Bring it on, we say. Just make sure the won-lost records determine the home-field advantages, not the All-Star Game, pie-eating contests or a game of Yahtzee.
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Old 05-24-2003, 02:06 PM   #2
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i think it should happen. 8 teams out of 30 is not enough they should have more and i beliee 6 would be a good number. it should be either
1) a division winner and WC from each div.

or

2) 3 division winners and 3 WCs based on best record regardless of division

IMO 2 is fairer. then what they should do is rank the team 1-6 with 1 and 2 getting byes
and having a best of 3 or 5 between
3-6
4-5
they need to make the rounds quick so the play offs don't take 2 months. so maybe a 3 game set in at the HF of the highest ranked team or have 5 games in 6-7 nights.

Basically i say bring on more play offs its good for baseball
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Old 05-24-2003, 02:23 PM   #3
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It is terrible for baseball. It's not like having a lot of playoff teams has helped the NBA.
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Old 05-24-2003, 02:47 PM   #4
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Please MLB, DON'T! Don't be as f***ed up as the NBA is!! Having less playoff teams will make the teams play harder, and make the 1st round playoff games MUCH more meaningful than the the NBA.
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Old 05-24-2003, 02:56 PM   #5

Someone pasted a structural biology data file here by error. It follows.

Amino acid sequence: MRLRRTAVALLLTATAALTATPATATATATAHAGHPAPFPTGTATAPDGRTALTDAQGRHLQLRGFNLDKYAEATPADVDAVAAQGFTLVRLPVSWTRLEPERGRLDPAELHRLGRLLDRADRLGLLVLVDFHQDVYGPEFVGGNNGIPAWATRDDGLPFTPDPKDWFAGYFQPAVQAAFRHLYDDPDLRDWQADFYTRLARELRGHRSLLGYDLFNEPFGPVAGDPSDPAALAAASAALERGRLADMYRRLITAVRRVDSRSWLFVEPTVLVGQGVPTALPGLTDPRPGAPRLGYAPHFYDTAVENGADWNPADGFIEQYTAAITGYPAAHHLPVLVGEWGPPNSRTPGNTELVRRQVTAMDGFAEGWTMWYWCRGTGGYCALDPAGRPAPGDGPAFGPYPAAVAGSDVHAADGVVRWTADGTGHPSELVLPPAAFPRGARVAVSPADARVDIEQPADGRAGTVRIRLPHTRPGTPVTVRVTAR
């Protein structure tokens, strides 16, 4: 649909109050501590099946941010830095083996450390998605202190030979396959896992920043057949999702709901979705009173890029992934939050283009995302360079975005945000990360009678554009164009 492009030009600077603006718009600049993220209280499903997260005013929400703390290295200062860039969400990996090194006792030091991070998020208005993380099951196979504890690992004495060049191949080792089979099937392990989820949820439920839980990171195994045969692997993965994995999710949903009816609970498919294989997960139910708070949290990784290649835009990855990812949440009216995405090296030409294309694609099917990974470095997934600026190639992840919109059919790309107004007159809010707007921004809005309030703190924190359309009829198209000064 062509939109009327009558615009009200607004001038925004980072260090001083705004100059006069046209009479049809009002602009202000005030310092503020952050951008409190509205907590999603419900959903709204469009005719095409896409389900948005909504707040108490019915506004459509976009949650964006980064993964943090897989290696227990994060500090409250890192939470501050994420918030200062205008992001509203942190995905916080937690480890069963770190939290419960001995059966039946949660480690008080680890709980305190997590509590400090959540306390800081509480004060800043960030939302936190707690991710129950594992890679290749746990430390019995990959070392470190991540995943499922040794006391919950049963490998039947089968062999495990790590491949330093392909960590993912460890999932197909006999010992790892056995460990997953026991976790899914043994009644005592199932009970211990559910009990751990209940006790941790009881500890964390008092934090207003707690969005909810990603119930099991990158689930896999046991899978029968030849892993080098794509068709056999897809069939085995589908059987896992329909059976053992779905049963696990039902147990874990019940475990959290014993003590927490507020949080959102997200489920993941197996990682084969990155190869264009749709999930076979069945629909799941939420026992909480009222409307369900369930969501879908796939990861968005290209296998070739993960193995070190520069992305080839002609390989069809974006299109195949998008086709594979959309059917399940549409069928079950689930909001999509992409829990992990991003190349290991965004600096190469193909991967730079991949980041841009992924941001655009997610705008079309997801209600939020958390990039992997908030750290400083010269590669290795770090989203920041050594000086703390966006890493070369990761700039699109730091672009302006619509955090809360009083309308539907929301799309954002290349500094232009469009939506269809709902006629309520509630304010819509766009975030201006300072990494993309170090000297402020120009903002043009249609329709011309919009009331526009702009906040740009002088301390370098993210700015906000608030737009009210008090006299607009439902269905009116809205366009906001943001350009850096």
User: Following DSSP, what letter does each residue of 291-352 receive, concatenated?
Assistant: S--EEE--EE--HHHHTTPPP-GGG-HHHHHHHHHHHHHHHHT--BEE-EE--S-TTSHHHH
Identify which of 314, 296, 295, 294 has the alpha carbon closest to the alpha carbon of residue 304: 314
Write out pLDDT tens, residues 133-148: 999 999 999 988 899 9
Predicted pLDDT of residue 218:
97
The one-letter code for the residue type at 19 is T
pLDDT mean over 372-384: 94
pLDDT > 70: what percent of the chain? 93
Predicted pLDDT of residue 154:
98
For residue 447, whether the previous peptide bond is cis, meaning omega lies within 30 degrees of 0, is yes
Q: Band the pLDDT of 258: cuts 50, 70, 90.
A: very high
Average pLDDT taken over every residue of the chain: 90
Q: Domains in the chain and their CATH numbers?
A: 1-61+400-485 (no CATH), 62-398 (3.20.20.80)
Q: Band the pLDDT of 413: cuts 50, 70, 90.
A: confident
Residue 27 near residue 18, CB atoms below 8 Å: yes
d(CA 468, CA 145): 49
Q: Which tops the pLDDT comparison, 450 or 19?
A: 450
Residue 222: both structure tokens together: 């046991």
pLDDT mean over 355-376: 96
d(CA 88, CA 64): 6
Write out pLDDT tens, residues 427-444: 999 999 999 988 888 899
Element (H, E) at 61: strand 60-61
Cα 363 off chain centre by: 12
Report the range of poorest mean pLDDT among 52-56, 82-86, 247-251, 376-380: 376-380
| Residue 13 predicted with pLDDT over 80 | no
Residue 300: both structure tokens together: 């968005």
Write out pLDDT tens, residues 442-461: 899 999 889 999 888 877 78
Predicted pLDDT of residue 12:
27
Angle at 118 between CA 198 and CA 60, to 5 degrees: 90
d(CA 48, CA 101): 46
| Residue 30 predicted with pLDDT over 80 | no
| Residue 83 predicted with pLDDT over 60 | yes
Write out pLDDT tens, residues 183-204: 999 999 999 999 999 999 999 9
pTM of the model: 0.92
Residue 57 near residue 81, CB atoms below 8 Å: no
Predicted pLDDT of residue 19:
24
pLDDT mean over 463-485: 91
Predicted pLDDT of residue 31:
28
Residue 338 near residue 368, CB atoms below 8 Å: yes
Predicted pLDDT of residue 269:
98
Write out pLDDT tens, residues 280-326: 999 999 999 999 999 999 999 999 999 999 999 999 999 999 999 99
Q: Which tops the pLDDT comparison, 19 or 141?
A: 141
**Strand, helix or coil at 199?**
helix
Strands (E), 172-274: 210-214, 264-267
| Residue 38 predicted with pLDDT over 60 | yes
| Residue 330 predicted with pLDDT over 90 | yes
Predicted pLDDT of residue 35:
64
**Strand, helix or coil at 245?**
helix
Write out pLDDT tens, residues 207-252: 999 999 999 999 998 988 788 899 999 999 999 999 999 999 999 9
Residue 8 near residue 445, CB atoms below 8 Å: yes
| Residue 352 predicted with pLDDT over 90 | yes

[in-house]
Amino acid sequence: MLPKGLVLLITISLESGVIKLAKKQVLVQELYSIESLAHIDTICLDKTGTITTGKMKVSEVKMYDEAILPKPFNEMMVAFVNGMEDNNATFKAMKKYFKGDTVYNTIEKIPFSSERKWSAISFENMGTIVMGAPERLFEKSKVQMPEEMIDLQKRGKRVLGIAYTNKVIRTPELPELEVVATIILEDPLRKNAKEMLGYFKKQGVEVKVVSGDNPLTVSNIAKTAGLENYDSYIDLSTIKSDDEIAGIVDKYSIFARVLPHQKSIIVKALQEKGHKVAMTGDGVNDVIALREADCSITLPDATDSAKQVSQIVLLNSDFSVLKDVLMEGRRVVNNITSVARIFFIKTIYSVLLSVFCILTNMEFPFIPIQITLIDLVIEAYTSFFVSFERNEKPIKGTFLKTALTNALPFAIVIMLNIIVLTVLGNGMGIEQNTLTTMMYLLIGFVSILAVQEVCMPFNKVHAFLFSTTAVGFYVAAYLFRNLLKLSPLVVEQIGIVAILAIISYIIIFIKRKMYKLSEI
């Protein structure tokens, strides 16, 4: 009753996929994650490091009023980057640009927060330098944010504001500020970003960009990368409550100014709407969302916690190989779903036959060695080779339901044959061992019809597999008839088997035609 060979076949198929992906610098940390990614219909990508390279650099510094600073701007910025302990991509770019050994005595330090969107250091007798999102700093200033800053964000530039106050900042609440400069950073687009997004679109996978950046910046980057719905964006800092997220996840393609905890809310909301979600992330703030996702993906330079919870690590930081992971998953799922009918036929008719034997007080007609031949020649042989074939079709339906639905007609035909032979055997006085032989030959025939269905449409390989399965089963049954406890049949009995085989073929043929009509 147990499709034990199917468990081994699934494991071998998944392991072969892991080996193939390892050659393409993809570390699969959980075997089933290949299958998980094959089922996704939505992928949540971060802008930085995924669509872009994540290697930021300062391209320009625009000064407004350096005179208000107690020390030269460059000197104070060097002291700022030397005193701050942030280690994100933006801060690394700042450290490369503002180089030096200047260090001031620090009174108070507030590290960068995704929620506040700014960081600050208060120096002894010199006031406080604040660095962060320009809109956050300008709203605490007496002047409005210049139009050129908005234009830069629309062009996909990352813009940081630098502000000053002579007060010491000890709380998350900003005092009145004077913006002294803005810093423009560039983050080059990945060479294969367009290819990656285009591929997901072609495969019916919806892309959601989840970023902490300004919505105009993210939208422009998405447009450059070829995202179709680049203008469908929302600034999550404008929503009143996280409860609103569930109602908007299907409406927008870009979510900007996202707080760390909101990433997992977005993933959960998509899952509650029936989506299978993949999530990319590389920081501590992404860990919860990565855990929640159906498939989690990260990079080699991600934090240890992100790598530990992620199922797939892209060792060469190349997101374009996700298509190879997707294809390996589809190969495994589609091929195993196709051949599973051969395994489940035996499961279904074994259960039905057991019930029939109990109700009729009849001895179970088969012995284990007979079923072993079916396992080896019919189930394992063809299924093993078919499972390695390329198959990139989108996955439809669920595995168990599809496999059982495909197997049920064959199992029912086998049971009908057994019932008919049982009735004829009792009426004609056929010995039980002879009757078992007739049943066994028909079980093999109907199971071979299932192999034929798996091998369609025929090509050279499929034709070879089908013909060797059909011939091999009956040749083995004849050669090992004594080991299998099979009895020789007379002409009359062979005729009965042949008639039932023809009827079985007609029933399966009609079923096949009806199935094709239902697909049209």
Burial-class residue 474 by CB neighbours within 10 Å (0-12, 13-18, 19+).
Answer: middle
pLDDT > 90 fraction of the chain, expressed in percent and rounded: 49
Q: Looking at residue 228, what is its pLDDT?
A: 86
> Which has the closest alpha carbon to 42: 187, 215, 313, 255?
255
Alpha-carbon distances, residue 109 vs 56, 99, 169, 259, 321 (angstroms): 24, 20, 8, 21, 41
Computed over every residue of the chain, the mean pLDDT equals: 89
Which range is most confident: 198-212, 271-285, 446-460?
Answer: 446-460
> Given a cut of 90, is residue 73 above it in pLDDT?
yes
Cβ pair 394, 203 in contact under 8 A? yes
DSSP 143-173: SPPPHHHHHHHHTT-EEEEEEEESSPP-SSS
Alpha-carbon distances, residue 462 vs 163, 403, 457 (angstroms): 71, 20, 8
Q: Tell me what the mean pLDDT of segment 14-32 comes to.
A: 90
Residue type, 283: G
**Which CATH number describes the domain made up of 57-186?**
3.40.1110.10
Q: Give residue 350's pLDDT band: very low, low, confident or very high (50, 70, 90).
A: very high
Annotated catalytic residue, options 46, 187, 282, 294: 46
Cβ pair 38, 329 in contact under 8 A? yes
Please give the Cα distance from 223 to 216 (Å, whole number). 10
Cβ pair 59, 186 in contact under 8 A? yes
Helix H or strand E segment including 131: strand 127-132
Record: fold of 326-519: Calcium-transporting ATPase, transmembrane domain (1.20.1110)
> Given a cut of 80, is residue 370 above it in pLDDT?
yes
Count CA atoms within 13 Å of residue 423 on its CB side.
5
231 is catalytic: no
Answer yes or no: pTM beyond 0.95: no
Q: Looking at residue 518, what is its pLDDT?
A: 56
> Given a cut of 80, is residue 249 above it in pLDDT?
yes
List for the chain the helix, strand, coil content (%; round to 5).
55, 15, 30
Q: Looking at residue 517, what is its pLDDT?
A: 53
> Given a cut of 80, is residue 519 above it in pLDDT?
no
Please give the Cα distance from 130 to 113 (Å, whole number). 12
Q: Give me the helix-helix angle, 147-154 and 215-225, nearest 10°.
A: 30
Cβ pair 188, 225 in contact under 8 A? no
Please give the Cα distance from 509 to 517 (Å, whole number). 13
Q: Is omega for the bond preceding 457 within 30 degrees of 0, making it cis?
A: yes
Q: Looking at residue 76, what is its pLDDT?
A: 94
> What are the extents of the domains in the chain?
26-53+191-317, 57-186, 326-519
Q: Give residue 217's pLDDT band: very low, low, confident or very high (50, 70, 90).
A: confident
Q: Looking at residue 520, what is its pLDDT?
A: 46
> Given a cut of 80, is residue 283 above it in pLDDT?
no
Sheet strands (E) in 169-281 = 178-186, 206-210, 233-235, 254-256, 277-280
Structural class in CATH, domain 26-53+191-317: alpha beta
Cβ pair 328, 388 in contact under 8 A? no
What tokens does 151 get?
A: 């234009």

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I like the theory behind it, allowing the actual division winners a chance to regroup from the regular season, and I wouldn't even mind cutting the schedule to 154 games.

However, baseball is the one sport where the playoffs are still elite and only the best of the best get in, instead of half the league. Don't cry if you didn't get in because you won only 93 games, play harder.

I like the Wild Card, because you still have to have a damned good team to get in. But too many dilutes the playoff talent pool.
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Old 05-24-2003, 03:03 PM   #6
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Agreed. I like the fact that it is so hard to get into the MLB playoffs. As everyone's already stated, the playoffs just seem more meaningful when only the best are playing for the title.
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Old 05-24-2003, 04:15 PM   #7
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Yup, and it's also a fact that you know ANY of the 8 playoff teams has a chance to win the World Series, while in the NBA you can say there's no way in hell for 3/4 of them.